Categorized | Career

Life Begins at 40

Posted on 05 April 2009

But can we change directions at mid-career?

One day, as you are heading off to work, you wonder: “Is this really what I want to do for the rest of my life?” Or, say you’ve just been laid off after ten years with the same company. You have a decent severance package and a chance to try something different. Changing careers is a fantasy most of us entertain at some point during our lives. For most of us it is just that, a fantasy. But some people do attempt it.

Take Your Time
If you have the opportunity, try to make the transition gradually. Take classes in the evenings or on weekends to learn the skills you need. Moonlight, if you can, to gain experience. Try a part-time job or start your own business at nights and on weekends. It will be much easier financially to make the move, and it allows you the opportunity to gain marketable skills without jumping immediately into a new career. Plus, you’ll find it easier to find a position that uses your new skills.

However, circumstances don’t always allow this approach. Employers are hesitant to hire someone who wants to do something different. It is risky. You have to overcome common biases that people harbor toward older career changers. They will question your motives. They don’t think you’ll be happy in your new position, particularly if you have to start at a lower level than you’re accustomed to. The difference between getting and not getting the position you desire will be your attitude. Enthusiasm and a positive attitude will go a long way toward overcoming those biases.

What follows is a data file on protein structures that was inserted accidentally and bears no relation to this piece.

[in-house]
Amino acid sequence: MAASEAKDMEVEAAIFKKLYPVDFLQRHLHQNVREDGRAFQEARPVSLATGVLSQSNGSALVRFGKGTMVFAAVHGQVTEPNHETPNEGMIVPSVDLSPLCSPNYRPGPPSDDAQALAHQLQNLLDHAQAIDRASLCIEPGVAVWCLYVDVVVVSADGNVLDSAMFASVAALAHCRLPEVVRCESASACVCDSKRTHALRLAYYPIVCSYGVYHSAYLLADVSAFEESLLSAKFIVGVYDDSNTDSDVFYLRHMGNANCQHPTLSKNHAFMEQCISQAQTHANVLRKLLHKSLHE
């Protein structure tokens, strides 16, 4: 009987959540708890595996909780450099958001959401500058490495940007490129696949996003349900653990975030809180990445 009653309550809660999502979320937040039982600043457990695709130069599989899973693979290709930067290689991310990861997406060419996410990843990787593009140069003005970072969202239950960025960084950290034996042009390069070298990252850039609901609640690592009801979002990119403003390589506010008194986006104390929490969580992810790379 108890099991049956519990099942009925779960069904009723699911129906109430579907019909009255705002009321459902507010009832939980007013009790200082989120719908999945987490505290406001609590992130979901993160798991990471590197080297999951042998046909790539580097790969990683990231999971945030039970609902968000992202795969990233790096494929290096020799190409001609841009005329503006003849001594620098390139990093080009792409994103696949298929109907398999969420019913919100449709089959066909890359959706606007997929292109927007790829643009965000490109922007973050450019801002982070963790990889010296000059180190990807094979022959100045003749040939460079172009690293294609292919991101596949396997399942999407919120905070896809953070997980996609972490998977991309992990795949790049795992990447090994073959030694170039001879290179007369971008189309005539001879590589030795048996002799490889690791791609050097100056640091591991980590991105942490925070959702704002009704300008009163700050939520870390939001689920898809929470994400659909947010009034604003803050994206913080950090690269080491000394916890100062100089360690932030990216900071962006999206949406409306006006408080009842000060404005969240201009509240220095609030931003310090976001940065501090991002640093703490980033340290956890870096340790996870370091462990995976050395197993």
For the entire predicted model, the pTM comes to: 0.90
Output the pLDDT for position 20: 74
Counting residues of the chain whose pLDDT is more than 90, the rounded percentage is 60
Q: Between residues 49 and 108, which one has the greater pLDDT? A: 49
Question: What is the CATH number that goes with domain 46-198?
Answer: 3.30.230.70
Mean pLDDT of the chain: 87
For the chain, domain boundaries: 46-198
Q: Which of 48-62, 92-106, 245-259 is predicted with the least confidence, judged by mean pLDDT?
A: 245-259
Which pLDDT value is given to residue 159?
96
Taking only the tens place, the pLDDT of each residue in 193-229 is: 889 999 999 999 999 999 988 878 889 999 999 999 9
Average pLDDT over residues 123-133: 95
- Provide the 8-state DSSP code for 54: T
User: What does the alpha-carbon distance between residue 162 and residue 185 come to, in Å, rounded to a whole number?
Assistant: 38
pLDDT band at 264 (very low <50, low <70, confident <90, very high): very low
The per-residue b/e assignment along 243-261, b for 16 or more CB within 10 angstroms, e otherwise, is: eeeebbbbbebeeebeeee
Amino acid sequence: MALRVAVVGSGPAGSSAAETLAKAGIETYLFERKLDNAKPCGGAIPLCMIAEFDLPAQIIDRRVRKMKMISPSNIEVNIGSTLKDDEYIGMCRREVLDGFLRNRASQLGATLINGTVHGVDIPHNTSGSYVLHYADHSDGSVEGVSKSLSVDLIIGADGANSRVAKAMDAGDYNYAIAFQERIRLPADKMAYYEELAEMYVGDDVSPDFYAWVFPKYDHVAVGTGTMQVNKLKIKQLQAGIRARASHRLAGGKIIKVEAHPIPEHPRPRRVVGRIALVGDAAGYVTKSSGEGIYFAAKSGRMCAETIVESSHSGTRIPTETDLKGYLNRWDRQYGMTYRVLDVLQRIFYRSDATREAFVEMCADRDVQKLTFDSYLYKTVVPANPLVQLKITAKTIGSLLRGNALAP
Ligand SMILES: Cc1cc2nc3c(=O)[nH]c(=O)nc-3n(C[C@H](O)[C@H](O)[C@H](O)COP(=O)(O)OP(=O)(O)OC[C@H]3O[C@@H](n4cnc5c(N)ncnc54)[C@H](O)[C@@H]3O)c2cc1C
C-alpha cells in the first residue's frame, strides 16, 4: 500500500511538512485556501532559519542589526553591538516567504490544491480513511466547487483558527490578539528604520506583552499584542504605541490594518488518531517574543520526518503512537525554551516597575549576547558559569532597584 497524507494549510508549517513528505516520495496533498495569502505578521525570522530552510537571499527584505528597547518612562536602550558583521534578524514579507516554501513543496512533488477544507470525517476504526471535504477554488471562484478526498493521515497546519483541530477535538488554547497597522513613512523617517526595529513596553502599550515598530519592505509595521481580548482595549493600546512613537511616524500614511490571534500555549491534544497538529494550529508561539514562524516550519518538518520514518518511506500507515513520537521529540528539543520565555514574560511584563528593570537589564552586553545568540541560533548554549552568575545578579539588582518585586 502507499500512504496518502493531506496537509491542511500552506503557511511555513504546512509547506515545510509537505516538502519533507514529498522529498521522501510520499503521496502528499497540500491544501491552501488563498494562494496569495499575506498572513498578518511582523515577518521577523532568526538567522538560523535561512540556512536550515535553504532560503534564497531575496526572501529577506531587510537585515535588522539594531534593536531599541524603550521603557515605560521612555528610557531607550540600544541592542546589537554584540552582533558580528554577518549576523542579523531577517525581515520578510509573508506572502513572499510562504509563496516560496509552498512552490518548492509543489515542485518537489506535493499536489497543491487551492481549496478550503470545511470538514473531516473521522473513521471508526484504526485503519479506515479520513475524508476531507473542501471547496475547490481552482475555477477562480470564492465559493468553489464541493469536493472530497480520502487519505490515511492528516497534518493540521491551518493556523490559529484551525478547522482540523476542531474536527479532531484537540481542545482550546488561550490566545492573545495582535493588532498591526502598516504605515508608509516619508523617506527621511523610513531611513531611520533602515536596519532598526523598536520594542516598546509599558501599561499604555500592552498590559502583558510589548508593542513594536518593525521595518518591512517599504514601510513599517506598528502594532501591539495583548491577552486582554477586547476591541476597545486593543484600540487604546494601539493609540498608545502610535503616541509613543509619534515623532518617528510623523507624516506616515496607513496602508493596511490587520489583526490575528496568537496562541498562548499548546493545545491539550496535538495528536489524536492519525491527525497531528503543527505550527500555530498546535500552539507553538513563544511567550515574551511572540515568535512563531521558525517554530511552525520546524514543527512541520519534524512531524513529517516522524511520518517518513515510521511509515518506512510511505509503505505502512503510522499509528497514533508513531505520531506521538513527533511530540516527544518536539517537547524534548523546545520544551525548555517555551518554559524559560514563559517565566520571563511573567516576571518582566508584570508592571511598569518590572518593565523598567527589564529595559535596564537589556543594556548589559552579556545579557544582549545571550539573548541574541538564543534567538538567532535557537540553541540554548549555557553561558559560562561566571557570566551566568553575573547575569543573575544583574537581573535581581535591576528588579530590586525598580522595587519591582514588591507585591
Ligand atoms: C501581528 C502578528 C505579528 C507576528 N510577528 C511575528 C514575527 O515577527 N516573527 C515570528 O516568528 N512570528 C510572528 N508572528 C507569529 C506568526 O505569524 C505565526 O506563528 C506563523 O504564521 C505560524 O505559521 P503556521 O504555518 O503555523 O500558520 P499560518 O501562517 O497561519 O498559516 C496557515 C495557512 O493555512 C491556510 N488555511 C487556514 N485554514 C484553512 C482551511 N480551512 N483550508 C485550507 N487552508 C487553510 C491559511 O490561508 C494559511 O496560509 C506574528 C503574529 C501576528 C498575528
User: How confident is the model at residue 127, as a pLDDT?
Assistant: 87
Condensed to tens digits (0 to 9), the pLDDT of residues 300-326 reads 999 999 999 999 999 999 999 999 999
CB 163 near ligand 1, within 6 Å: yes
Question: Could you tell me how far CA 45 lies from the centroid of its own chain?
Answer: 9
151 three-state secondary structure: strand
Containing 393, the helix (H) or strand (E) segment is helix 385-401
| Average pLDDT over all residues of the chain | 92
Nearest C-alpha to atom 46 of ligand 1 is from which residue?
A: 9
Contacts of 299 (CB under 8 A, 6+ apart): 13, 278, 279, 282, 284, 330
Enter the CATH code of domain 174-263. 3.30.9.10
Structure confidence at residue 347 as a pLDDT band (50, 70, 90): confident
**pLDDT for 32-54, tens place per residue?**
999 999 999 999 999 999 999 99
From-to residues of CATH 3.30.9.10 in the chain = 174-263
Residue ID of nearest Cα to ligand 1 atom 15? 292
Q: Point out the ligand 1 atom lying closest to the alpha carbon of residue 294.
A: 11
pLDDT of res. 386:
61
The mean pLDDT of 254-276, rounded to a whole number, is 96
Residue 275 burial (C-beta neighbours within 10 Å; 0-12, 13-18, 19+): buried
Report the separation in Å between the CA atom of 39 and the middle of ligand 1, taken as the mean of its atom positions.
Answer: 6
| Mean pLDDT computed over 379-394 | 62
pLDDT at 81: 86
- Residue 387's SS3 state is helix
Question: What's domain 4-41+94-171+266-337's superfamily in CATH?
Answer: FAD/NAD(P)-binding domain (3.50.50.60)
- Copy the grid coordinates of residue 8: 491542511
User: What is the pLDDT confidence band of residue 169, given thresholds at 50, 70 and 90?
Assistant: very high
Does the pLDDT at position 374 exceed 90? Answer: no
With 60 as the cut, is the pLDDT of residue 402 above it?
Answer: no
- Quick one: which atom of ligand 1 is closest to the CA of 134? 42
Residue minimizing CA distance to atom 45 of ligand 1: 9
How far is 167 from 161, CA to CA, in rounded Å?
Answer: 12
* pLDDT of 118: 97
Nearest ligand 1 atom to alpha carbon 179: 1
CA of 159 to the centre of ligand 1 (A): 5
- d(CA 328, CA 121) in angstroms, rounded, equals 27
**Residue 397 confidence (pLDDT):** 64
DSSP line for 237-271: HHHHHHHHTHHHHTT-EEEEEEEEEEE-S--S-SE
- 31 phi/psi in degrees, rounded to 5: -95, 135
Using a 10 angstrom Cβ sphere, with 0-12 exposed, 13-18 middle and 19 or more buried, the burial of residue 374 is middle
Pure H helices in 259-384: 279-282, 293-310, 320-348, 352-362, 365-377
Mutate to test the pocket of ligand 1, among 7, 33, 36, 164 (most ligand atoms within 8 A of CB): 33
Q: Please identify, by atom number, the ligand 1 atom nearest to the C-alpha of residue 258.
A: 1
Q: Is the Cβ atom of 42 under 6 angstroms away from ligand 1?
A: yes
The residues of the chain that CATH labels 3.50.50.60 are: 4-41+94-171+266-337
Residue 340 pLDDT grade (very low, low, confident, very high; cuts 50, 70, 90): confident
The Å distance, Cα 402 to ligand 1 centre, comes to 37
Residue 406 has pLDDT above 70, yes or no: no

The difference between getting and not getting the position you desire will be your attitude.

You will also need to employ a different approach toward conducting your job search. The only way you will be able to win out over younger, less expensive candidates is to sell your experience and what you can do for the organization. That can only be accomplished during an interview. It may be difficult thing to get an interview, but you have to start by networking.

Cast a Wide Network
In short, do whatever you can to meet prospective employers. Attend business and civic functions where you will have the opportunity to meet people who are working in your chosen field. If a professional organization exists, join and become active. Make a list of everyone you know: family, friends, former co-workers, people at your house of worship, etc. Ask them if they know anyone at any of the companies you are targeting as potential employers. Then arrange to meet with those people and seek their advice and assistance.

You Scratch My Back�
Another approach is to look for a position that allows you to leverage your prior experience. If you have spent most of your career as an accountant, but want to move into HR, perhaps you can convince someone to create a position that makes use of both sets of skills. Bringing an employer a needed skill gives them a reason to hire and train you in a new field. It will help them overcome their reluctance to hire a career changer.

Reality Check
To overcome prejudices against older job candidates, it helps to project a youthful, vigorous image. Join a gym. Get in shape. Choose clothes with a youthful look, but one that is appropriate for the position you are seeking. Emphasize active hobbies like bicycling or hiking on your resume and in your resume. You might even consider coloring your gray hair.

Lastly, shorten your resume so that it only covers the last ten years. Be sure not to list the dates of any degrees. Not highlighting your age on a resume will likely prove only to be of limited success, but your goal is to use the resume to get an interview. Sometimes this approach works.

Changing careers is difficult. It is not the right choice for many people. But for those who do it successfully, it is the best decision they ever make

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